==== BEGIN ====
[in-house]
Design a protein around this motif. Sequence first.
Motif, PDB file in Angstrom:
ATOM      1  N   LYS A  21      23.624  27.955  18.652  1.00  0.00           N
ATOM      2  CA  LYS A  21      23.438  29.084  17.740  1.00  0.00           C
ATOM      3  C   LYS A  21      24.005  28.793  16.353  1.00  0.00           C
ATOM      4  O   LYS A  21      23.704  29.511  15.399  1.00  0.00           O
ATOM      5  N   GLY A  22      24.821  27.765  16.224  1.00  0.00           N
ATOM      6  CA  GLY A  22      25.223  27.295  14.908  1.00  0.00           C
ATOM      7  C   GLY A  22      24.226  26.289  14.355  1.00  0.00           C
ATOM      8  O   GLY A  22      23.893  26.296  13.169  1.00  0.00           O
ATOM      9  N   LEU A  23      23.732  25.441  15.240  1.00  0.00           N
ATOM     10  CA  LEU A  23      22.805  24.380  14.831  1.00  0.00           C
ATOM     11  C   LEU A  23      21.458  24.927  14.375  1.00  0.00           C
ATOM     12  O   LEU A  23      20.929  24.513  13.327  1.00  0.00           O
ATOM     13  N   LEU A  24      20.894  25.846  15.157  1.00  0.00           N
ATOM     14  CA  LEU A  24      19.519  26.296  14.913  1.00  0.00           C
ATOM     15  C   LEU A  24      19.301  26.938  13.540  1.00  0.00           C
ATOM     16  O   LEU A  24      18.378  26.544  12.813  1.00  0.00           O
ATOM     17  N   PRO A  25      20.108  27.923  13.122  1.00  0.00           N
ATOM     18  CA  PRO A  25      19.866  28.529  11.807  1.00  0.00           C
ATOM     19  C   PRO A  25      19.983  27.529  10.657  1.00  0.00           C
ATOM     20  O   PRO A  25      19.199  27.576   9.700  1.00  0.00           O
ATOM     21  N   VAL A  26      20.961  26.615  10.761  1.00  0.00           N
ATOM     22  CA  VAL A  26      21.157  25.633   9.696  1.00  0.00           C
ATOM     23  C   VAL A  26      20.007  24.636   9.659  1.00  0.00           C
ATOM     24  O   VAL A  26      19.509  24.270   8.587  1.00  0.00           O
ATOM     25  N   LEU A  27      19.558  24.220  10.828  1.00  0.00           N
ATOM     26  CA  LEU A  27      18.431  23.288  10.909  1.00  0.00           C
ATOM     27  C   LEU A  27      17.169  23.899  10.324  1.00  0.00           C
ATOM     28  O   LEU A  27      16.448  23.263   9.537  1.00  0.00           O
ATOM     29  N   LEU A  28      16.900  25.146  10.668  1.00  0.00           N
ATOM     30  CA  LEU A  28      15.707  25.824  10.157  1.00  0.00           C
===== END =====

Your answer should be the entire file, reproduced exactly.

[in-house]
Design a protein around this motif. Sequence first.
Motif, PDB file in Angstrom:
ATOM      1  N   LYS A  21      23.624  27.955  18.652  1.00  0.00           N
ATOM      2  CA  LYS A  21      23.438  29.084  17.740  1.00  0.00           C
ATOM      3  C   LYS A  21      24.005  28.793  16.353  1.00  0.00           C
ATOM      4  O   LYS A  21      23.704  29.511  15.399  1.00  0.00           O
ATOM      5  N   GLY A  22      24.821  27.765  16.224  1.00  0.00           N
ATOM      6  CA  GLY A  22      25.223  27.295  14.908  1.00  0.00           C
ATOM      7  C   GLY A  22      24.226  26.289  14.355  1.00  0.00           C
ATOM      8  O   GLY A  22      23.893  26.296  13.169  1.00  0.00           O
ATOM      9  N   LEU A  23      23.732  25.441  15.240  1.00  0.00           N
ATOM     10  CA  LEU A  23      22.805  24.380  14.831  1.00  0.00           C
ATOM     11  C   LEU A  23      21.458  24.927  14.375  1.00  0.00           C
ATOM     12  O   LEU A  23      20.929  24.513  13.327  1.00  0.00           O
ATOM     13  N   LEU A  24      20.894  25.846  15.157  1.00  0.00           N
ATOM     14  CA  LEU A  24      19.519  26.296  14.913  1.00  0.00           C
ATOM     15  C   LEU A  24      19.301  26.938  13.540  1.00  0.00           C
ATOM     16  O   LEU A  24      18.378  26.544  12.813  1.00  0.00           O
ATOM     17  N   PRO A  25      20.108  27.923  13.122  1.00  0.00           N
ATOM     18  CA  PRO A  25      19.866  28.529  11.807  1.00  0.00           C
ATOM     19  C   PRO A  25      19.983  27.529  10.657  1.00  0.00           C
ATOM     20  O   PRO A  25      19.199  27.576   9.700  1.00  0.00           O
ATOM     21  N   VAL A  26      20.961  26.615  10.761  1.00  0.00           N
ATOM     22  CA  VAL A  26      21.157  25.633   9.696  1.00  0.00           C
ATOM     23  C   VAL A  26      20.007  24.636   9.659  1.00  0.00           C
ATOM     24  O   VAL A  26      19.509  24.270   8.587  1.00  0.00           O
ATOM     25  N   LEU A  27      19.558  24.220  10.828  1.00  0.00           N
ATOM     26  CA  LEU A  27      18.431  23.288  10.909  1.00  0.00           C
ATOM     27  C   LEU A  27      17.169  23.899  10.324  1.00  0.00           C
ATOM     28  O   LEU A  27      16.448  23.263   9.537  1.00  0.00           O
ATOM     29  N   LEU A  28      16.900  25.146  10.668  1.00  0.00           N
ATOM     30  CA  LEU A  28      15.707  25.824  10.157  1.00  0.00           C